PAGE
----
Two Kinds of Ethical Theories
Rorschach’s dictum is similar to that of philosopher Immanuel Kant: Fiat iustitia, et pereat mundus —“Let justice be done, though the world perish.” This is an extreme deontological ethical stance: one must always act in accordance with a set of rules—in Kant’s case supposedly dictated by pure reason—regardless of the outcome. This is so seemingly absurd that one wonders whether Kant really believed it—Kant even argues that one should not violate the rule never lie, even when faced with a murderer asking for the whereabouts of a person he intends to kill. Of course, Kant is difficult to interpret.
We needn’t take things to such extremes. Deontology more generally emphasizes duties and rules, as opposed to utilitarianism or consequentialism, which argue that an act should be judged right or wrong depending on its consequences.
We normally think in terms of both deontology and consequentialism. Applying either of them too strictly leads to absurd consequences, by the light of our typical moral intuitions. If we apply consequentialism too rigorously, for example, we might argue in favor of treating someone unjustly or cruelly because the overall result is beneficial. Imagine, for example, a thousand people watching a handful of slaves being eaten alive by lions. A strict consequentialist might calculate that the pleasure derived by the thousand people outweighs the suffering of a few slaves. However, even if there were a way to measure such emotions, this does not seem right. Of course, the fact that there is no way of measuring utility presents a further difficulty.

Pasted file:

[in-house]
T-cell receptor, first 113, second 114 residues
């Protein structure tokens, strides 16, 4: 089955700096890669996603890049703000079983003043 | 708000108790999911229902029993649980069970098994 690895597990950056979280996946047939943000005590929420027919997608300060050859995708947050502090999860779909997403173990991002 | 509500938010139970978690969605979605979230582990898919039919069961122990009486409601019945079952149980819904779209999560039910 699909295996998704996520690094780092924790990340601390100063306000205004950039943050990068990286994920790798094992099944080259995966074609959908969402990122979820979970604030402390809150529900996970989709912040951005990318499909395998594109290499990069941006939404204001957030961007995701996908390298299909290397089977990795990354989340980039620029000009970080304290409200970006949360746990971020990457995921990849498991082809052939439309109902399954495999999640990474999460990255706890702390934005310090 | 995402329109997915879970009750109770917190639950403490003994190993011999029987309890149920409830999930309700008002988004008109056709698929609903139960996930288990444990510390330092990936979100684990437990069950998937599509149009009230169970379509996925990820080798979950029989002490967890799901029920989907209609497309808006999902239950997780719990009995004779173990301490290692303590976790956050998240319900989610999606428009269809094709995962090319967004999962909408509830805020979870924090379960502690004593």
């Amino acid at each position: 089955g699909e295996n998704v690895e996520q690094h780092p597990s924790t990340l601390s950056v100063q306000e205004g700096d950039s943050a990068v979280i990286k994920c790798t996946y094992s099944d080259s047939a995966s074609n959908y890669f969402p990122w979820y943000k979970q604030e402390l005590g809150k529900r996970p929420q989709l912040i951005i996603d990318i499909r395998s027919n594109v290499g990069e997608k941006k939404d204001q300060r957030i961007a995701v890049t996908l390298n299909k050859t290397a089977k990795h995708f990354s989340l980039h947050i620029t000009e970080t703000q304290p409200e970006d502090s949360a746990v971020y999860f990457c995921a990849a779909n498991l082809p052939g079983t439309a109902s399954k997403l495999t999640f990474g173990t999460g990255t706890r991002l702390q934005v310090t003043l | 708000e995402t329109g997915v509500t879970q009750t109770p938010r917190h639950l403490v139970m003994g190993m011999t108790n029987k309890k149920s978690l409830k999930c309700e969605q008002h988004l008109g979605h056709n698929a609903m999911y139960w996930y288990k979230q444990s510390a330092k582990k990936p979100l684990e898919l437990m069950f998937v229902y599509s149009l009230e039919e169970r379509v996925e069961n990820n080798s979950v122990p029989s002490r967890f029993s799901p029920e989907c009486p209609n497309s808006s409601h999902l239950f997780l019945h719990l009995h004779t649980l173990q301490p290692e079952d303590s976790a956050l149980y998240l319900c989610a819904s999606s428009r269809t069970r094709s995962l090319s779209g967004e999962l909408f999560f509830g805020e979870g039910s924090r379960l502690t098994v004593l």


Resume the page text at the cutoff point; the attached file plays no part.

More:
The question here is do the ends justify the means? Can you do something that is wrong in itself in order to produce a beneficial result?
Active versus Passive Harm
The questions posed above have obvious answers: it is immoral to sacrifice innocents for fun; it is moral to lie in order to save a life. Ozymandias’ case is more complicated. He actively chooses to harm many innocents in order to prevent an even greater harm.
Cases of this kind often provoke seemingly illogical responses, as we see with the well-known trolley problem. People’s moral intuitions are short-circuited when presented with a highly artificial situation. This shows that such intuitions don’t form a coherent system. Suppose a trolley is about to run over five people unless you reroute it, such that it will kill one person instead. Would you do it? When the question is posed in this way, people tend to say yes, demonstrating utilitarian thinking: it is better for one person to die than five. Now, suppose instead that you’re standing on a bridge above the track, and the only way to stop the trolley is to push the fat man next to you down into its path. When the question is posed this way, most people say they wouldn’t act, which seems deontological: it’s wrong to kill someone, even in order to save others.
So what’s the difference between the two actions, since, in both cases, you would be choosing to kill one person in order to save five?
The difference is that, while in the artificial scenario above you know what the consequences of your actions will be, in real life you do not. That’s why principles that don’t require you to know the consequences of your actions have their place.
Actions, Consequences and Rules
Utilitarianism can be justified on the basis that the only intrinsic good is pleasure and the only intrinsic evil is suffering. It’s almost impossible to avoid feeling that pleasure is good and pain is bad: that’s what the words mean. This perception can lead to the notion that we should always to try maximize pleasure and minimize pain. Or, similarly, always try to maximize the good and minimize the bad.
This is all well and good, but we cannot necessarily maximize the good and minimize the bad by attempting to use that as a rule in every individual decision. Sometimes, a single rational choice will not produce the best results and it is better to follow a general rule, even if that leads to some less rational individual choices.